In the third and last of his series about young people around the world as part of the BBC's Generation Next season, the BBC's Robin Lustig looks at how young people are learning to play an active role in political debate. Should more countries be allowing votes at 16?
You can marry before you can vote; you can join the army before you can drive a car. In many countries, the rules about precisely when you become an adult are nothing if not confusing.
Government minister Hazel Blears gets a youthful grilling
So, it's no surprise that many young people think it's high time they did something about it.
In Albania, for example, members of the country's youth parliament have successfully campaigned to raise the minimum drinking age from 16 to 18. They thought too many teenagers were getting drunk.
In the US, on the other hand, Alex Koroknay-Palicz of the National Youth Rights Association says he regards young Americans as an oppressed minority.
Young people are seen as "far more incompetent than they really are," he told us. "I think that if given the chance, young people are far more intelligent, far more responsible, and far more mature than we give them credit for.
"For thousands of years of human development, 15 or 16-year-olds have been considered as adults - but we treat them legally pretty much the same as a five-year-old or a six-year-old.
"If you're 13 and you kill somebody, they say: 'Oh, you're a responsible adult. We're going to throw you in jail for the rest of your life.' Whereas, if you're 13 and you want to vote, they say: 'Oh, you're a stupid little kid. You don't have any rights.' So they only seem to treat people as adults when they do something wrong."
In most countries, the legal age of majority is 18. That's when the law recognises that you are an adult - that you are entitled, in law, to have control over your own body, your decisions and your actions.
But that's not the same as what's called the age of licence, which is what you're allowed to do at any particular age: drink, marry, or drive a car, for example.
So, if you're not yet 18, but you want a chance to change things, what do you do?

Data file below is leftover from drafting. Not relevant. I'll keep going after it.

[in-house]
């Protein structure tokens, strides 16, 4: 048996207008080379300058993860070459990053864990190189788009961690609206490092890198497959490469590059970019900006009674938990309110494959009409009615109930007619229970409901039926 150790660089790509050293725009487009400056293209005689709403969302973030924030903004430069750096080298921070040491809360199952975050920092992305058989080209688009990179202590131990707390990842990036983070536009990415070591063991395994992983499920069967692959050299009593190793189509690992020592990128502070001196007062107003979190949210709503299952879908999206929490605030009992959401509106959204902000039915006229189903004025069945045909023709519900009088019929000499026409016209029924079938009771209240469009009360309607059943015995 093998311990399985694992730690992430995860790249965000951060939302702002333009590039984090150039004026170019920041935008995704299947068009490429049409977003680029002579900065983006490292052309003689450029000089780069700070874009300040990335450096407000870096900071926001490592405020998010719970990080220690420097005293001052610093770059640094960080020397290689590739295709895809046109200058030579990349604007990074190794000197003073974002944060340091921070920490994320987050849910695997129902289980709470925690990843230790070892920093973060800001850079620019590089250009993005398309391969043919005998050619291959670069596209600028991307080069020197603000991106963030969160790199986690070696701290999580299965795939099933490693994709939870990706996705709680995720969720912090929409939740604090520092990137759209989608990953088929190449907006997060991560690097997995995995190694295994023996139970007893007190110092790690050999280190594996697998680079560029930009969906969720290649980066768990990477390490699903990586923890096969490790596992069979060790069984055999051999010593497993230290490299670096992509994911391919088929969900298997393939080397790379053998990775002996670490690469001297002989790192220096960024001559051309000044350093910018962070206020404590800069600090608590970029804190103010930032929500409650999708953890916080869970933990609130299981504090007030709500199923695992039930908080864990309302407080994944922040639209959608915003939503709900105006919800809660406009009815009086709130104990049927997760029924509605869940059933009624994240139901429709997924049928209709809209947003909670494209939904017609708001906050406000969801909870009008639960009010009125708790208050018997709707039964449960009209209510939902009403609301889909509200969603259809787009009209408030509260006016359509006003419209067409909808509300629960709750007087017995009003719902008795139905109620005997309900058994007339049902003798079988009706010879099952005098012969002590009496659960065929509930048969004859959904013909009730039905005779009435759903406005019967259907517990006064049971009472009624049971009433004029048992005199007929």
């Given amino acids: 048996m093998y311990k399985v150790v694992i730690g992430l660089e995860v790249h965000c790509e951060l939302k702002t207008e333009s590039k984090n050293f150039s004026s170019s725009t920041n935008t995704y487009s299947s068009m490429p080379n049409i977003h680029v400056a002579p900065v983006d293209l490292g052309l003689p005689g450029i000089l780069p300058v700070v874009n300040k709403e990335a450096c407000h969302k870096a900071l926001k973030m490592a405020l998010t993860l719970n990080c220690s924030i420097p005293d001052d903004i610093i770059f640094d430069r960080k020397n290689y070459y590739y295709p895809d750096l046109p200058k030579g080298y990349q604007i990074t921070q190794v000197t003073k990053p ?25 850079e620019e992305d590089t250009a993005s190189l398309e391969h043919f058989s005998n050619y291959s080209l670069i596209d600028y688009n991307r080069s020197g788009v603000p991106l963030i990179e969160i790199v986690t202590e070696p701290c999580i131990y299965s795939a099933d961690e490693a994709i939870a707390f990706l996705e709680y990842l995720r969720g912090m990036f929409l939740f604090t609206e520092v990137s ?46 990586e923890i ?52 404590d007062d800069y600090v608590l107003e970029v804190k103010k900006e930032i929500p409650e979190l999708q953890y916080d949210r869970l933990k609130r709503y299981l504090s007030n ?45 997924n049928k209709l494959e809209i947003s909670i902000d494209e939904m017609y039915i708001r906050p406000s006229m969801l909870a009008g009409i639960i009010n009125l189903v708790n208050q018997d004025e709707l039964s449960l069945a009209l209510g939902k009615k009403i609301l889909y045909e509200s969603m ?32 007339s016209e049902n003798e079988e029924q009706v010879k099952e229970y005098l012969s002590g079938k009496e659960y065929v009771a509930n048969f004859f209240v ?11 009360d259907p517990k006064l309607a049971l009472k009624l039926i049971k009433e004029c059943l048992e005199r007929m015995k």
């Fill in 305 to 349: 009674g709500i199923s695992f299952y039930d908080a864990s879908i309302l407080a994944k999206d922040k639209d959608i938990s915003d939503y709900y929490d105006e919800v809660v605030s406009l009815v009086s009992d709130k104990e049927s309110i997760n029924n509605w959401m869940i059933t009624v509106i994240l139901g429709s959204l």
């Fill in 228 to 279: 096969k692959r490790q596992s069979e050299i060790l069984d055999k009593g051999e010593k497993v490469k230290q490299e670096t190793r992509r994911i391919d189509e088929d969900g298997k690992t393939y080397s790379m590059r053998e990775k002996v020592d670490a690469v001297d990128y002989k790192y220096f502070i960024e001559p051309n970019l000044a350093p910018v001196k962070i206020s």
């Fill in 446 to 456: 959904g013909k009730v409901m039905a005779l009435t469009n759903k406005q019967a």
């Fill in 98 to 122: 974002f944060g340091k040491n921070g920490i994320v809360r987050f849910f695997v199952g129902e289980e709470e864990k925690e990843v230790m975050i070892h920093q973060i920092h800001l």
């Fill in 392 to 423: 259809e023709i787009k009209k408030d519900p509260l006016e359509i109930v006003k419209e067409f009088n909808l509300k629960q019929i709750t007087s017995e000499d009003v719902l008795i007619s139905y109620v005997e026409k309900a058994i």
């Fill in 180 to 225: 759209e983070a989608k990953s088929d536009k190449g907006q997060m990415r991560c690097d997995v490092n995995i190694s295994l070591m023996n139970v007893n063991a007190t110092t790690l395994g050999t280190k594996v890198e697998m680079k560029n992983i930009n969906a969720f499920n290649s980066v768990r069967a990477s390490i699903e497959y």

In some countries, young people can be elected to become members of a youth parliament, where they can debate, lobby, and try to have an influence on the country's real, grown up parliament.
They don't yet have any real power, but they can learn what to do with it once they have got it.
Kate Parish, founder of the British youth parliament, says: "When they are first elected, a lot of them are unsure about what they're doing. A lot of them have never spoken in public before.
And then we see a real change - where once they wouldn't have said boo to a goose, all of a sudden they're standing up in front of an adult council meeting and saying: 'This is not acceptable! You might have closed our skate park down. What are you going to do about it?' It's a learning process for them."
And the chairman of the Albanian youth parliament, Endri Shabaney, says the adults in the national parliament would do well to learn from their younger counterparts.
"In the real parliament, there are fights. The members don't respect each other. But in the youth parliament, people respect each other. They are just discussing - nobody is going to be offended there. I think we young people are more responsible than the adults."
So perhaps more under-18s should be allowed to vote in national elections? In Iran, for example, you can vote at 15. In the Isle of Man, which isn't part of the United Kingdom and where they have their own parliament and make their own laws: they've just lowered the voting age to 16.
Cheers all round? Not quite. One teenage girl told us: "Basically, I don't know anything about what's happening. I haven't registered to vote and I haven't had any information."
Another girl said: "There's certainly a lack of knowledge and understanding. When the forms came round, I had no idea who was representing where I lived or what they were representing. I honestly didn't have a clue."
Psychologist Helen Haste at the University of Bath says under-18s are perfectly capable of making the sorts of decisions that could entitle them to vote.
"They can recognise that we are part of a community and that we have to work together as a group of people in a community, whether that community is a school, a village, a town or even a country. By mid-to-late adolescence, young people really can understand their obligations to the community."
Many young people do seem to be much more capable than adults are prepared to believe. Many are already playing an active role in influencing the decisions made in their community. So what will the world be like when they finally take over? No-one can be sure - but I'm looking forward to finding out.